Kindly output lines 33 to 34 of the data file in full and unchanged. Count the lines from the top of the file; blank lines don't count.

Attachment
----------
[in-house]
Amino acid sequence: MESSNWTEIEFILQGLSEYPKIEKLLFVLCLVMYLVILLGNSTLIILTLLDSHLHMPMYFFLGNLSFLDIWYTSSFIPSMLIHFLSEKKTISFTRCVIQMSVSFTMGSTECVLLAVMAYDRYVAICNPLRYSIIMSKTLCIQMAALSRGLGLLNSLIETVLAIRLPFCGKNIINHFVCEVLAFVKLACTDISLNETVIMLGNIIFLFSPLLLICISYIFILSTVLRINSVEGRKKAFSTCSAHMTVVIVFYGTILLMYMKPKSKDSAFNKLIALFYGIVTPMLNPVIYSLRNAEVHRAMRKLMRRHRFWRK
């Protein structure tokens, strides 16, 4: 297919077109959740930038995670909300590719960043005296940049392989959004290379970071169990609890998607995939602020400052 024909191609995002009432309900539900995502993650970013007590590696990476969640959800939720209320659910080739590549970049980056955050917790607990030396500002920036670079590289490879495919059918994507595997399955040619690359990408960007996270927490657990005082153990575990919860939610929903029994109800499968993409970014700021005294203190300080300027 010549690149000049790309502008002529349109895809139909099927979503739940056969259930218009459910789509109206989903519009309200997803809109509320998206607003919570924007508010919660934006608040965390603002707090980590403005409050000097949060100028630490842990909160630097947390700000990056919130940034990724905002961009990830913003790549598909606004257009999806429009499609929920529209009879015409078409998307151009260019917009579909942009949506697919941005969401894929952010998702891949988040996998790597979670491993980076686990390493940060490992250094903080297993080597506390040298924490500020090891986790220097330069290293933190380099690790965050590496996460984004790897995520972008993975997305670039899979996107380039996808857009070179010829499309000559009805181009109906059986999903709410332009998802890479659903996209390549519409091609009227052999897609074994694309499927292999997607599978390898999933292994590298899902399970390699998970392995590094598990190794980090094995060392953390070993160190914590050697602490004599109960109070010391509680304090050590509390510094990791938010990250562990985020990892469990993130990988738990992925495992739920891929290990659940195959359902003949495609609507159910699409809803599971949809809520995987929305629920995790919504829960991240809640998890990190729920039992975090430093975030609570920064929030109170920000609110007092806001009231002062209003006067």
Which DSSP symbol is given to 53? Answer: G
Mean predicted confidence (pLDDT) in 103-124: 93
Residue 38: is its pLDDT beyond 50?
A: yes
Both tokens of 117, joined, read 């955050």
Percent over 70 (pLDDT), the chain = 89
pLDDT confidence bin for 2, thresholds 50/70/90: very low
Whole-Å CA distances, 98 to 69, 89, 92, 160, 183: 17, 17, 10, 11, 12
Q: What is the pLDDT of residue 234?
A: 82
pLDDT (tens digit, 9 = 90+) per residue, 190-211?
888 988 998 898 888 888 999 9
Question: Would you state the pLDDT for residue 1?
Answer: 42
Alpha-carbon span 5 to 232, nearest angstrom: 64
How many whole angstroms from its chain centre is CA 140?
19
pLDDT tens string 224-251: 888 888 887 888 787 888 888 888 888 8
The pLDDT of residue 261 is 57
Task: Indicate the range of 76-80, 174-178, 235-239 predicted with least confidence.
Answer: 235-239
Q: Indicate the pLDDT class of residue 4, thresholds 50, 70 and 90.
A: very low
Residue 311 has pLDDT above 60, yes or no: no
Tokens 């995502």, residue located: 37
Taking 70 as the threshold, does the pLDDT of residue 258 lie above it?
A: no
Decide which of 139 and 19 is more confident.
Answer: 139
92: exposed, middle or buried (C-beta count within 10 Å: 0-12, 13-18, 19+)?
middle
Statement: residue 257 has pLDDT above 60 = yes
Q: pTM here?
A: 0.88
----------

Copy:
92: exposed, middle or buried (C-beta count within 10 Å: 0-12, 13-18, 19+)?
middle